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PR pitch principles

The pitch process for organisations seeking to appoint PR and communications agencies is a rewarding experience which will help to boost an in-house team’s own communications power. But finding that perfect fit – the right chemistry, the right talent, shared culture and philosophy – is easier said than done.

It is important that the chosen PR and communications agency shares the vision and philosophy of the client, and this can often be the most challenging aspect. Choosing the right agency is vital as this third party will be looking after the promotion and branding of the organisation and managing its overall reputation.

The PR and communications industry is a broad and complex world, so organisations may find an agency search a little daunting. For that reason, the PRCA has developed the free-to-use Matchmaker service that will match a client’s needs with the capabilities of agencies that have been audited by the PRCA and follow our Codes of Conduct and Professional Charter.

Here are a few pointers on good agency search procedures:

  1. Before the search
    If the organisation already has a contract with an incumbent agency, it needs to inform the agency of the review it is undertaking, and decide whether or not it wishes to offer them the opportunity to re-pitch or not.
  2. Prepare background information
    When meeting with a new agency it is worthwhile for the client to go into the meeting with a prepared brief of its current expenditure and budget along with what is expected. Also, clients should take along previous work that their communications teams (whether external or internal to the business) have completed that is rated highly.
  3. Chemistry and confidentiality
    Clients should ask for case studies and credentials from the agencies they are meeting in order to ensure they are appropriate and can meet their expectations. Chemistry is also vital when agencies are involved in a business, so meetings should be set up to find out each other’s philosophies and values.

    Confidentiality is crucial and as a result a confidentiality or non-disclosure agreement should be signed before any meetings take place and any potential ideas are discussed.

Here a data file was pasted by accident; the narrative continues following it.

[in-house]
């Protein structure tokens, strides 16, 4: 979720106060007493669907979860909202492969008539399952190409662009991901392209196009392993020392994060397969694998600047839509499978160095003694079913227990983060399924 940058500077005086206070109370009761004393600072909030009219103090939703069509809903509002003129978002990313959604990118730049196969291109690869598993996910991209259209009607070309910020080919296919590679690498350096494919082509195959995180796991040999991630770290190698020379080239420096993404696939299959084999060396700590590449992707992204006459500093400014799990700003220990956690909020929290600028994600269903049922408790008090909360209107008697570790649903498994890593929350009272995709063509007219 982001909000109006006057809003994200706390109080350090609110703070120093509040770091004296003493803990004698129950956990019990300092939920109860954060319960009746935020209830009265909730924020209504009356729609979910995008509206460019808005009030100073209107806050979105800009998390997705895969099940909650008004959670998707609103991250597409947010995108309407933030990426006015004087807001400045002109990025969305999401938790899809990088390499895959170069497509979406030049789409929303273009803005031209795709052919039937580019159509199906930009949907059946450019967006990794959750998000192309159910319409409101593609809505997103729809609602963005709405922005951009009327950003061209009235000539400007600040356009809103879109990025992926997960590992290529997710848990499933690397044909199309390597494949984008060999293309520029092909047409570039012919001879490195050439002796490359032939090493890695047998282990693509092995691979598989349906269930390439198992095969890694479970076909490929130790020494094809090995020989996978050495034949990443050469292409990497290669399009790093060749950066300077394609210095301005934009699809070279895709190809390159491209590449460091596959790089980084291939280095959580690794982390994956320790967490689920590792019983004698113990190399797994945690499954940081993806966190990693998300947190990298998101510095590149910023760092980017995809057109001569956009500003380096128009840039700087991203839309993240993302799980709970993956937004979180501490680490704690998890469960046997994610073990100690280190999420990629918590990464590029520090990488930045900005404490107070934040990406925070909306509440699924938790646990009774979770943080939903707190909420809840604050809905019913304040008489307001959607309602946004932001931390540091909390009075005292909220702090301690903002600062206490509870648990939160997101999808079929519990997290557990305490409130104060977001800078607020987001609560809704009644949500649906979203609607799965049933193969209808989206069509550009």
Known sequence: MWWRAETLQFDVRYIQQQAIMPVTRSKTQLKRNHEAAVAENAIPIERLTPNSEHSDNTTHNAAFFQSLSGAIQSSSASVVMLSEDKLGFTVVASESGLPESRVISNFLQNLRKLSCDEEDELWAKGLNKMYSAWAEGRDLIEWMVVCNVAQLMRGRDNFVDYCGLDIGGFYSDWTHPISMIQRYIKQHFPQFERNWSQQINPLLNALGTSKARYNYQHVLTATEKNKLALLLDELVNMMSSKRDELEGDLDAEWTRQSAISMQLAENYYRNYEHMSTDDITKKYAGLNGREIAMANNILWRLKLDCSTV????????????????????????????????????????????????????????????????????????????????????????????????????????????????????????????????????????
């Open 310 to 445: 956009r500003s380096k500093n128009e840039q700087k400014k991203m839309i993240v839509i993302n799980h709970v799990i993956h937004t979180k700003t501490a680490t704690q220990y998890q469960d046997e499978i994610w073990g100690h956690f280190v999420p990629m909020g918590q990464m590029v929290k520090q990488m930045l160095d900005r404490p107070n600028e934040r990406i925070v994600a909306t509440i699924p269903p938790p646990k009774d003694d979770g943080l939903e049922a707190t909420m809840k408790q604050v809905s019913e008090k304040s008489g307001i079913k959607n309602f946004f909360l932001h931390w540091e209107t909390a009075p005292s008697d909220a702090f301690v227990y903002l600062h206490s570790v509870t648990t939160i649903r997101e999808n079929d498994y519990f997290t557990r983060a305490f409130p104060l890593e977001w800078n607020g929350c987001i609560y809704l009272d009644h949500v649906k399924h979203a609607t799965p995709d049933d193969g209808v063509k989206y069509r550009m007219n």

4. Prepare expectations
    When speaking to an agency it is vital that clients are clear about what it is they require from them to begin with. Clients must make it apparent if they are expecting a strategic plan or whether they desire a full creative pitch from them. It is recommended that no more than six agencies should be asked to prepare extended credentials for short listing.
  5. Invite three agencies
    No more than three agencies should then be invited to present themselves, or four if a current agency is re-pitching to retain a contract. Clients should not invite a current agency if they have no intention of re-appointing them.
  6. Allow plenty of time
    Clients should allow plenty of time to meet with agencies and understand their values. Ensuring the chemistry is right is crucial and that can only be done through informal meetings where they get to know each other. There simply are no shortcuts, so this process cannot be rushed.
  7. Provide background market data
    When meeting with agencies, clients should be happy to share their overall business objectives and any market data they have with them, including relevant research. This will allow the agency to understand the client’s business and the market in general.
  8. Decide on the winning agency
    Once a client has met with all of the potential agencies, it should try to decide on which one to use as soon as possible – usually one week after the presentations. It should ensure all participating agencies learn of the result on the same day.

Article written by the PRCA’s Matt Cartmell

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